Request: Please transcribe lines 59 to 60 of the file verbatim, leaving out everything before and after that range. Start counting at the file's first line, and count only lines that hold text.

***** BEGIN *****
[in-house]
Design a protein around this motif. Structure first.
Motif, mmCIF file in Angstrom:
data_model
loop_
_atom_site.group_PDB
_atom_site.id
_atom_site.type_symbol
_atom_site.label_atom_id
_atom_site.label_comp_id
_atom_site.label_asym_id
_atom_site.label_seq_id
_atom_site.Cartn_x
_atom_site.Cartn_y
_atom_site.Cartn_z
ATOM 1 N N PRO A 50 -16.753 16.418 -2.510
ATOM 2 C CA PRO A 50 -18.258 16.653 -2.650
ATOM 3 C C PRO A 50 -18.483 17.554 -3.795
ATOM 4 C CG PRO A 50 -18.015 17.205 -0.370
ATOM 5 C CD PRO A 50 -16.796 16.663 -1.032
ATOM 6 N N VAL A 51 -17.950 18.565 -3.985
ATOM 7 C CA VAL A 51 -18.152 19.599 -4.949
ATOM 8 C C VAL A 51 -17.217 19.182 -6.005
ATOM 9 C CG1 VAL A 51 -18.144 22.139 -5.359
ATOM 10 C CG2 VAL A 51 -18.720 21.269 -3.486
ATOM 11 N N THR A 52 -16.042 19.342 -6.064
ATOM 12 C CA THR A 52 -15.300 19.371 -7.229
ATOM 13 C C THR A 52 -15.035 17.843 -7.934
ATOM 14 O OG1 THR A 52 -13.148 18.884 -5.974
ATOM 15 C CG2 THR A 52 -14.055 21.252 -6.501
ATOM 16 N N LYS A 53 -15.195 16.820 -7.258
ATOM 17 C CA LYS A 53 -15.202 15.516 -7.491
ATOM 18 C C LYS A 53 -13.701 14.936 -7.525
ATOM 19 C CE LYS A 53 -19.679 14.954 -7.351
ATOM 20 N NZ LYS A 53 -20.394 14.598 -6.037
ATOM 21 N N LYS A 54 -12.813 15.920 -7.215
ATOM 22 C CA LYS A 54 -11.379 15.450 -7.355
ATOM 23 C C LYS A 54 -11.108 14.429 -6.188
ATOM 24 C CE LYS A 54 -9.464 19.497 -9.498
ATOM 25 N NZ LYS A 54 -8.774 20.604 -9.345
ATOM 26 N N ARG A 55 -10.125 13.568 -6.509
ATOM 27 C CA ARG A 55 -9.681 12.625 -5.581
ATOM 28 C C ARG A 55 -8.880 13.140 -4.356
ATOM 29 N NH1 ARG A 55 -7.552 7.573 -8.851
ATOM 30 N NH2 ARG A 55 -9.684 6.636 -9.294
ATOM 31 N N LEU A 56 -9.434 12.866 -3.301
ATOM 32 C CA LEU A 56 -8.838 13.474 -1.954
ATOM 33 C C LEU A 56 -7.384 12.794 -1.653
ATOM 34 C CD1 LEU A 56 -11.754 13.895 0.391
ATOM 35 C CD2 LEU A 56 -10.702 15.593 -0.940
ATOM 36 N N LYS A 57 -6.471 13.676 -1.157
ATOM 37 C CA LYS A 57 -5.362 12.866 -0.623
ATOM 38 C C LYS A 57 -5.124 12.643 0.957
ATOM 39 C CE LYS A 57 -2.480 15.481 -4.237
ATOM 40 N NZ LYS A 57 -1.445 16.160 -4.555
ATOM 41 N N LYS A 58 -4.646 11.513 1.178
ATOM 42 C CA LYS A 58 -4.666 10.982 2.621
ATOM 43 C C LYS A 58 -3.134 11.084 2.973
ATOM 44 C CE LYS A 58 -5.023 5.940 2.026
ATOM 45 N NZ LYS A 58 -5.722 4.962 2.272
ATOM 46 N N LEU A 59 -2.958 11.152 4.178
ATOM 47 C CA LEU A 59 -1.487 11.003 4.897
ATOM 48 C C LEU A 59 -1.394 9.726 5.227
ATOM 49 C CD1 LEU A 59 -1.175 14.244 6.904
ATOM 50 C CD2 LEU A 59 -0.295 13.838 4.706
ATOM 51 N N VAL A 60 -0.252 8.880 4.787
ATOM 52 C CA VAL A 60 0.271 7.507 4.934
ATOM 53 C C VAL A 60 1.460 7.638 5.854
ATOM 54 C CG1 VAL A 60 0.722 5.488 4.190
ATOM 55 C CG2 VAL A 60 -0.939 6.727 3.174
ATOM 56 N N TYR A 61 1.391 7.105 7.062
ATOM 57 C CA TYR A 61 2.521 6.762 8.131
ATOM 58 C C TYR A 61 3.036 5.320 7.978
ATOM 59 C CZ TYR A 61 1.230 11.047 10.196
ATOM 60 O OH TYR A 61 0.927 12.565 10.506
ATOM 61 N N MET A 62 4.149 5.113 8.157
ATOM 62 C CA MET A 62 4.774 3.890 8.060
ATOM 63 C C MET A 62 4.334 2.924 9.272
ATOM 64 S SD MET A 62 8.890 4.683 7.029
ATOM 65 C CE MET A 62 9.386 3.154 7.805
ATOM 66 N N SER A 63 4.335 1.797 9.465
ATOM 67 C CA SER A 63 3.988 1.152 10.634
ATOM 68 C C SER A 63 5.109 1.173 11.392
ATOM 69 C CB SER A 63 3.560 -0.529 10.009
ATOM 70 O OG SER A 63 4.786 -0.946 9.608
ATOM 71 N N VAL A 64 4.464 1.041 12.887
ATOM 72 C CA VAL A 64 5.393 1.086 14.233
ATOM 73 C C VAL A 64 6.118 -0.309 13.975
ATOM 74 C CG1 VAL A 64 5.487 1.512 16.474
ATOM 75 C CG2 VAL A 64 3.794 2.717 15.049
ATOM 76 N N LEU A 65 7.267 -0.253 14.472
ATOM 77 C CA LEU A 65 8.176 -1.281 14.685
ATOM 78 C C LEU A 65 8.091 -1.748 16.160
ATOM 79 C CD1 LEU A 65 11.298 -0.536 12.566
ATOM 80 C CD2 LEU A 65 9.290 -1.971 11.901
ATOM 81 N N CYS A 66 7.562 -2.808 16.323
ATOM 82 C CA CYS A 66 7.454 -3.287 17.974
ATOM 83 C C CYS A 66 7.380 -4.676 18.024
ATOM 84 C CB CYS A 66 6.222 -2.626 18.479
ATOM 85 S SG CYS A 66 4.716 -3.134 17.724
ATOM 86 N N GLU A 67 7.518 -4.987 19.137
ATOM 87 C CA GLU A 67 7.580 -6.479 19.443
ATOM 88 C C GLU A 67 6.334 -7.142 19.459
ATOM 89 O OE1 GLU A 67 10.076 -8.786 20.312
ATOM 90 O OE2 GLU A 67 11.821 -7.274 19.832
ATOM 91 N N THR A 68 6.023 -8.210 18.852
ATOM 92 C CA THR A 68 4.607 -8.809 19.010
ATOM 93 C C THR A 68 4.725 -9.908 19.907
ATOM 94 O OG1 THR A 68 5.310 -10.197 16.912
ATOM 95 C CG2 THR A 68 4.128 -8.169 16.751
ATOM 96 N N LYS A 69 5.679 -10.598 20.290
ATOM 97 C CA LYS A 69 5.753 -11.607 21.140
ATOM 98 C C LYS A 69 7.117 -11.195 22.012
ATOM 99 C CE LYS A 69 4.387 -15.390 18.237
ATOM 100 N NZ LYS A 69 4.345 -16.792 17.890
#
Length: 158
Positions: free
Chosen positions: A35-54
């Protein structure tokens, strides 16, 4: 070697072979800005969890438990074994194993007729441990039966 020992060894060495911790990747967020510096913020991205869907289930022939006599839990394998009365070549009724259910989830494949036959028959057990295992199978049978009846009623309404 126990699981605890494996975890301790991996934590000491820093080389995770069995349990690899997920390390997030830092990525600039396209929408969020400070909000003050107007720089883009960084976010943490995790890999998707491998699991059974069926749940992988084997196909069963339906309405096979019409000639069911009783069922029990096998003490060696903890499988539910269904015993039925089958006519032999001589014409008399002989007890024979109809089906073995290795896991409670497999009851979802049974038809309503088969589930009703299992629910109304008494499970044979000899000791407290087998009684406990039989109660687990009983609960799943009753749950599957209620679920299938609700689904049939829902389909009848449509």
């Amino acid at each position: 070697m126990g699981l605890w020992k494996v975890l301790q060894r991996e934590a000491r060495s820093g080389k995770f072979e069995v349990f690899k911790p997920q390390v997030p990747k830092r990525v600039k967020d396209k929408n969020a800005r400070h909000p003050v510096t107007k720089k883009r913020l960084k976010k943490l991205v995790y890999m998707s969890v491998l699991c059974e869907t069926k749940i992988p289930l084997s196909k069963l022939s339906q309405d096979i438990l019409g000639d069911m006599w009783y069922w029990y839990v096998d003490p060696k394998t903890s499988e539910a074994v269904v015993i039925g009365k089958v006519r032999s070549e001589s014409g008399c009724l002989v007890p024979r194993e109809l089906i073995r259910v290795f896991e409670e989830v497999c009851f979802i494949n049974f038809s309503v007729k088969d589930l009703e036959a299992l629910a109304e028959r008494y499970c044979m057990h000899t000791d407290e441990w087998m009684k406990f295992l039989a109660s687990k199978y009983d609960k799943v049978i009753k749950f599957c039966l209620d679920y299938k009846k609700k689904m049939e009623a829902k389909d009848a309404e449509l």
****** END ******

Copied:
ATOM 44 C CE LYS A 58 -5.023 5.940 2.026
ATOM 45 N NZ LYS A 58 -5.722 4.962 2.272